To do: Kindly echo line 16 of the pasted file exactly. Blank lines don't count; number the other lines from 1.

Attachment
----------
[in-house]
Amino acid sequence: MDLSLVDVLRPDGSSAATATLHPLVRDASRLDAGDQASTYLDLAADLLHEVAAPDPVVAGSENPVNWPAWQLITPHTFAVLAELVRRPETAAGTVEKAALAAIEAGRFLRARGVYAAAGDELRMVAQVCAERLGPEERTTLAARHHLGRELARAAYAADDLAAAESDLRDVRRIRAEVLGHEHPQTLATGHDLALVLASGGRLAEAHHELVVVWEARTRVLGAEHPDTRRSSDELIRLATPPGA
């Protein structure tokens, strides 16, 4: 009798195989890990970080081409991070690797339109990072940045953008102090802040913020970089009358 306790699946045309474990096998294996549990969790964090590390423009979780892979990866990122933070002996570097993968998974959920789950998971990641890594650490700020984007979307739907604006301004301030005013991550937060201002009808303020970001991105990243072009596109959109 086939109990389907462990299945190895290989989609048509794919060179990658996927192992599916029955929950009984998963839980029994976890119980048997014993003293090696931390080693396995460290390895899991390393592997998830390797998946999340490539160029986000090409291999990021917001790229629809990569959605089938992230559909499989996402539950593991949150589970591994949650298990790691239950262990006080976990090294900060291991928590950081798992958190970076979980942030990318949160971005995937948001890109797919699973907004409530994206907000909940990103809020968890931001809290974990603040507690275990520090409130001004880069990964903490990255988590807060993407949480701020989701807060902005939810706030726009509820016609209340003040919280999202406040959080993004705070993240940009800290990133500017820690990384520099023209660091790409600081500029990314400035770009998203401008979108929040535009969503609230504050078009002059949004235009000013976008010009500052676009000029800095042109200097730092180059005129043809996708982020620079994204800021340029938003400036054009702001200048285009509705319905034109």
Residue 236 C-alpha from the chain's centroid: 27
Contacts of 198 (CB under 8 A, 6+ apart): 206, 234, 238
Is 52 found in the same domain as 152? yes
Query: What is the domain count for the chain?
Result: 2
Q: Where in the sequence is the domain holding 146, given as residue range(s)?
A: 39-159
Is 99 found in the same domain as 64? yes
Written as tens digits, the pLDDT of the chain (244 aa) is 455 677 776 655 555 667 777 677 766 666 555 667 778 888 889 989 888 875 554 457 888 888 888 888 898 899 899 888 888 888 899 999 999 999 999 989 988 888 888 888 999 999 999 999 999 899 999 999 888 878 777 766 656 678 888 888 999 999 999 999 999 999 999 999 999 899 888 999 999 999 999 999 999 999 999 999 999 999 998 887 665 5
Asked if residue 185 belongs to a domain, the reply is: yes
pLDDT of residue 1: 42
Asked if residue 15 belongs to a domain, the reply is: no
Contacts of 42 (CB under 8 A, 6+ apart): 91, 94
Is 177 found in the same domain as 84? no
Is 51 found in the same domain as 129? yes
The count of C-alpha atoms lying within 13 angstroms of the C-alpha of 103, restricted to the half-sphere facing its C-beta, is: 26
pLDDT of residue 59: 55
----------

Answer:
Contacts of 42 (CB under 8 A, 6+ apart): 91, 94